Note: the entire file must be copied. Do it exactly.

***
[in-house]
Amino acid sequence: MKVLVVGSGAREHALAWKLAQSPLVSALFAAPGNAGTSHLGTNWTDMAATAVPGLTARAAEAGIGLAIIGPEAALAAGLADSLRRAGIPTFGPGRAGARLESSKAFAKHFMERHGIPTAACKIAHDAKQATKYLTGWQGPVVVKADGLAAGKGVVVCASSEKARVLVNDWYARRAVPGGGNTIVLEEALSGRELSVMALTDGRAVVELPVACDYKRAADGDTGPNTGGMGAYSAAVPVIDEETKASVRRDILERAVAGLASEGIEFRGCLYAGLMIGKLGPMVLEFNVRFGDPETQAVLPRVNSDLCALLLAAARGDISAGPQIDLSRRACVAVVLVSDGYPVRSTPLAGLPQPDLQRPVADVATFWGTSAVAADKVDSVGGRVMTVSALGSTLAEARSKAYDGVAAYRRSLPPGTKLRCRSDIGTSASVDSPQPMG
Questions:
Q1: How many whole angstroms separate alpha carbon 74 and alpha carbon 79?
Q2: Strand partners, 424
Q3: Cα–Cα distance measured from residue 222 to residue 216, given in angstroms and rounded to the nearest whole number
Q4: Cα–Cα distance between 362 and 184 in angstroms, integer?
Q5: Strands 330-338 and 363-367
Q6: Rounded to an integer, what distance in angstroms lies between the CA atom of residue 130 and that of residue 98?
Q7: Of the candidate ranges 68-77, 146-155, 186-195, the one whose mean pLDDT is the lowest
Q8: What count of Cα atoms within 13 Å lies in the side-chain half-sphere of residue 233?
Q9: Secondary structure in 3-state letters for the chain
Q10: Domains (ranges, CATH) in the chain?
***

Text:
[in-house]
Amino acid sequence: MKVLVVGSGAREHALAWKLAQSPLVSALFAAPGNAGTSHLGTNWTDMAATAVPGLTARAAEAGIGLAIIGPEAALAAGLADSLRRAGIPTFGPGRAGARLESSKAFAKHFMERHGIPTAACKIAHDAKQATKYLTGWQGPVVVKADGLAAGKGVVVCASSEKARVLVNDWYARRAVPGGGNTIVLEEALSGRELSVMALTDGRAVVELPVACDYKRAADGDTGPNTGGMGAYSAAVPVIDEETKASVRRDILERAVAGLASEGIEFRGCLYAGLMIGKLGPMVLEFNVRFGDPETQAVLPRVNSDLCALLLAAARGDISAGPQIDLSRRACVAVVLVSDGYPVRSTPLAGLPQPDLQRPVADVATFWGTSAVAADKVDSVGGRVMTVSALGSTLAEARSKAYDGVAAYRRSLPPGTKLRCRSDIGTSASVDSPQPMG
Questions:
Q1: How many whole angstroms separate alpha carbon 74 and alpha carbon 79?
Q2: Strand partners, 424
Q3: Cα–Cα distance measured from residue 222 to residue 216, given in angstroms and rounded to the nearest whole number
Q4: Cα–Cα distance between 362 and 184 in angstroms, integer?
Q5: Strands 330-338 and 363-367
Q6: Rounded to an integer, what distance in angstroms lies between the CA atom of residue 130 and that of residue 98?
Q7: Of the candidate ranges 68-77, 146-155, 186-195, the one whose mean pLDDT is the lowest
Q8: What count of Cα atoms within 13 Å lies in the side-chain half-sphere of residue 233?
Q9: Secondary structure in 3-state letters for the chain
Q10: Domains (ranges, CATH) in the chain?